The Real Estate Board of Greater Vancouver (REBGV) recently created a new home listing website on its platform.

The board says the site “provides a more modern online experience with enhanced search and filtering capabilities. Visitors can create a profile and save their searches and favourite listings. Search results can be organized in a map, gallery or list-based view.”

The new Realtylink was created in partnership with Centris, a Quebec-based company that operates It is the most visited real estate listing website in Quebec and the third most frequented in Canada. showcases MLS listings for homes in the Lower Mainland, Vancouver Island and northern region of B.C.

“We designed the new Realtylink to enhance the public’s knowledge about the homes available for sale around our province,” says Brad Scott, REBGV CEO. “It’s a powerful tool based on proven technology. We’ll continue to work with our Centris partner to add features and data to improve and grow the site over time.”

The site also allows users to explore a home’s location through embedded Google Maps options and assess a home’s proximity to amenities through the Walk Score rating feature.

Listing information on the site is updated every 20 minutes, pulling the most up-to-date data from the MLS systems operated by the Greater Vancouver, Fraser Valley, Chilliwack, B.C. Northern, and Vancouver Island real estate boards.

The site also has real estate news and statistics.


  1. As a full time Québec realtor for 15 years… long enough in the business to have used the old systems and now with Matrix/Centris for half of that…. I can tell you that it’s a great tool. In Québec, it covers the WHOLE province. We have access to ALL the listings in the province in an easy to use database.

    Yes, we also have in Québec. Not sure how much of it is used by other brokers. But my client queries are 50 to 1 Centris/Realtor.

    In Matrix/Centris there are easy to use tools that make me look like a real pro… which of course I am ;-)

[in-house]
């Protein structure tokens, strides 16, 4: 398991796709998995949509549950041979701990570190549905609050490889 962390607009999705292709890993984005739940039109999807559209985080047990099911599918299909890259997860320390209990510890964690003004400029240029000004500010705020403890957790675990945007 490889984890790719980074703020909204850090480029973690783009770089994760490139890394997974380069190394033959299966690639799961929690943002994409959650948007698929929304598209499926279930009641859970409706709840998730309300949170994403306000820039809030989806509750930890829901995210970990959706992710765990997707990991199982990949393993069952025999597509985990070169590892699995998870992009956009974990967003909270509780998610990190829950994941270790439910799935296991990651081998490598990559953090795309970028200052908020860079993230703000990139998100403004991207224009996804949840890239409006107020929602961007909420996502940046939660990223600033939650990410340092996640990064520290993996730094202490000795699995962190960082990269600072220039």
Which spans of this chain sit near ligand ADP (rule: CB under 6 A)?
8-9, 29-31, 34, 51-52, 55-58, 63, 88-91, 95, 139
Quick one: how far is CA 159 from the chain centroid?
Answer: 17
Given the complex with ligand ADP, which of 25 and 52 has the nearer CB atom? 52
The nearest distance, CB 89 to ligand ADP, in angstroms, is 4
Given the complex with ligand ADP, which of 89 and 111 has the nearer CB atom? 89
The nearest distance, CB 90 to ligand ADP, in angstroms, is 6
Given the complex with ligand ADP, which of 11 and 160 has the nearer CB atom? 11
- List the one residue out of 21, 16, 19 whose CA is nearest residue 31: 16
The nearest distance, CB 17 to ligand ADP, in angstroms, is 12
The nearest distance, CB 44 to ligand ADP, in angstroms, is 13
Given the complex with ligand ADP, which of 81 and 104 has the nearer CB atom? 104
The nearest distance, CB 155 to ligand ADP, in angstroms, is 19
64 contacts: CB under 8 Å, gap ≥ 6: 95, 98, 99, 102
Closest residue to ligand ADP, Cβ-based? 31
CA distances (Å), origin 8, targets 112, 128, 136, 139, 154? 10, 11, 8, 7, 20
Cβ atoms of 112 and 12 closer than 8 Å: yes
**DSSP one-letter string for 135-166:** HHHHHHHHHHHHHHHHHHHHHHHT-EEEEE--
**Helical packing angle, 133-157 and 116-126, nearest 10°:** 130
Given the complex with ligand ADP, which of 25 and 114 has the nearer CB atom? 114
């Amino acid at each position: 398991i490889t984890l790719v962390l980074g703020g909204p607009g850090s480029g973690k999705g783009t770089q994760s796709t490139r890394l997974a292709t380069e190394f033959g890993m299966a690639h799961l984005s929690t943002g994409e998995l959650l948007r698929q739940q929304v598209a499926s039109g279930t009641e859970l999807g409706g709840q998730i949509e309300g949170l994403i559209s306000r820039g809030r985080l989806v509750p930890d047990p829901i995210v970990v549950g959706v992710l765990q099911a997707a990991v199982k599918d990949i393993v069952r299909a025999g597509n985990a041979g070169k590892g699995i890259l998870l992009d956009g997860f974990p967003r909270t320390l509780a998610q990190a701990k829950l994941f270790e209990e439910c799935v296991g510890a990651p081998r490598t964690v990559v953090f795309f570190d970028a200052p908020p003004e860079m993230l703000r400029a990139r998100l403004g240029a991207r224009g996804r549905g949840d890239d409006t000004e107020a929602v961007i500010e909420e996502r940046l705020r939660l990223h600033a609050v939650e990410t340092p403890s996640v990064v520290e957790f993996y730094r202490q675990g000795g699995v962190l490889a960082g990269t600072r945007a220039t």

New functionalities keep coming out. Some I use, others… probably work for others.

    Yes, Realtor is Ok… but for Québec at least, I feel that Matrix/Centris is superior.

    All I’m saying is don’t fear it because it’s new. It works… 14,000 Québec brokers can’t be wrong !

    DISCLAIMER: I know nothing except the very basics of the BC real estate market or it workings but I can’t see the basic need of a client to search, find, look at properties and contact brokers would be that much different.

    • I have a taken a close look at almost all map-based real estate search sites in Canada… and Centris is nowhere near the best (in my opinion, of course). The best are Viewpoint (Nova Scotia) and Zealty (BC).

    • Especially in regard to your Disclaimer:

      I could never wrap my head around the need for out of town / out of area MLS access.

      “Networking” is everything and fills any and all needs well. Who has time to (properly) research out of town properties for local clients needing to move elsewhere (much less sell an out of town property using service of a non-local agent).

      There’s a reason I only spent $900 annually on gas, driving a full-size sedan vehicle. And wrote substantial business as the local go-to agent. I referred anything and everything in adjacent, even contiguous areas, to the network I had established over the years. Some areas were only twenty minutes away. Agents reciprocated by sending me their own adult children to do business with in my area. Networking can be wonderful – and productive.

      Where I didn’t happen to have a referral agent, I would simply make a phone call to a nearby contact where I needed one and got a reference. Other agents responded in kind.

      I sometimes heard: why are you referring this buyer / seller. You are only twenty minutes away on the highway. I explained to my clients that I didn’t know real estate “history” where they were planning to leave or go to. It wouldn’t have been fruitful for the client or for me.